In reality, while it may impress customers and communicate that the company is taking innovation seriously, it isn’t always the best course of action.
It may be tempting to jump on the bandwagon, especially if the competition is making noise about their new innovation lab. However, without knowing why the company needs one, or how to guide it towards a valuable outcome correctly, it can quickly become a waste of time and money.
Here’s how to recognize the advantages and disadvantages of establishing an innovation lab, along with some of the critical considerations required to make it a worthwhile investment.
The innovation lab’s ultimate goal should be producing measurable business results, not just churning out fresh new ideas that go nowhere.
For example, let’s say the lab designs a virtual reality meeting room, with animated avatars for all participants. This idea might sound exciting at first, but anyone involved in the meeting would need a VR headset, some headphones with a mic, and maybe a handheld controller for certain gestures. It would be inconvenient—and expensive—to join the meeting, and would probably be laced with technical glitches, so would it really improve the performance of meetings? Perhaps aesthetically, but efficiency would suffer.
Innovation is not just about having great ideas; it’s about leveraging those ideas in an impactful, paradigm-shifting way to benefit the business and its customers. If the innovation lab is failing to provide value to the company—not just creating shiny new digital toys that offer no measurable improvements—then it either needs new management or to be shut down completely.
When it’s great: The lab is aligned with business goals and focused on delivering solutions that produce impactful results.
When it’s not: It develops impressive—but useless—products that cannot reasonably be implemented into the core organization.
Freedom, Autonomy, Experimentation
Innovation labs fail when they come under pressure to solve the company’s existing problems. Why spend time and resources on creating a space for innovation and filling it with creative, imaginative people if they are not free to innovate?
It’s essential to encourage lab workers to be creative and give them the freedom to work on new ideas while validating and scaling new business models. Its goals should be tied to the company’s overall mission and vision, but not to overcome an existing challenge. The best innovation comes when new issues are discovered—and hopefully solved—by the lab’s work.
The innovation lab should be treated as a separate entity, not part of the main business. Its team needs the freedom to take risks and experiment, an approach that may not be suited to well-established processes or departments. It should also be a diverse space, with people from multiple different backgrounds and cultures—innovation is boosted by a mix of individual viewpoints, especially when given adequate freedom to try new things.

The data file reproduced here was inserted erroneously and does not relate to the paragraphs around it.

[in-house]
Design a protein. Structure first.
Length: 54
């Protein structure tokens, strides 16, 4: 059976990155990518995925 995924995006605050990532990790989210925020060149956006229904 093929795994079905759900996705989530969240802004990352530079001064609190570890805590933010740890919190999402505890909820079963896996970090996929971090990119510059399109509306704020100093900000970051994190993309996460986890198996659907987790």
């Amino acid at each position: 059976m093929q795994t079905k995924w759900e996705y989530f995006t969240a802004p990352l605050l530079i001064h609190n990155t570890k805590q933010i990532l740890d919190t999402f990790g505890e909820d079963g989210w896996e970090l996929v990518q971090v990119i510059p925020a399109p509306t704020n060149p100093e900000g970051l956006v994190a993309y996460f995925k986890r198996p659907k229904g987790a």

Although freedom is important, it is vital for business leaders to outline a robust innovation strategy, and not simply stick their best and brightest in a room and hope for the best. Start by thinking about how to track and measure the success of the lab and its products. In the long run, this will help with the difficult task of managing the lab for future breakthroughs.
When it’s great: It has a diverse portfolio of talent, it’s separate from the central organization, and has the freedom to explore new concepts, along with a strong innovation strategy for managing the success of its solutions.
When it’s not: Stakeholders in the lab’s output choke innovation by attempting to steer it towards existing departmental challenges. The lab should be focused on disruption and discovery, not fixing outstanding company issues.
Innovation Lab, not Innovation Theater
Often, corporations mistakenly establish an innovation lab with no real strategy and expect success, only to find that a couple of years later they have achieved nothing of value. This scenario has been labeled “innovation theater” by respected Silicon Valley veteran Steve Blank, highlighting the pretense associated with unproductive innovation labs.
The problem is exacerbated by the failure of companies to properly incubate and accelerate the ideas that come from the lab, stemming from a lack of confidence or investment by decision-makers. For the people who work in the labs, any resistance to the solutions they have developed is frustrating and demotivating, so obtaining leadership’s unwavering support for the lab should be priority one.
Instead of focusing on the superficial, inflated expectations that come with establishing an innovation lab, companies will find greater success when securing top-down stakeholder buy-in. Business leaders should be acutely aware of the projects that the lab is working on and cherrypick those that can scale. Only then can the lab become successful.
When it’s great: Corporate leadership supports the lab’s efforts and monitors production for scalable solutions, resulting in measurable business results.
When it’s not: Inflated expectations of the lab’s potential lead to it becoming an innovation theater, or a complete misalignment with business goals, making it a superficial and worthless investment.
Under the right circumstances, these labs can be great for business, especially as companies look to get a more significant foothold in the digital world. However, achieving success from an innovation lab requires the company to commit to widespread leadership buy-in, strategic alignment with business goals, and a diverse, talented team with the freedom and resources to experiment.
Without these three key elements, the lab will not turn out to be a worthwhile investment and will end up becoming just another worthless innovation theater.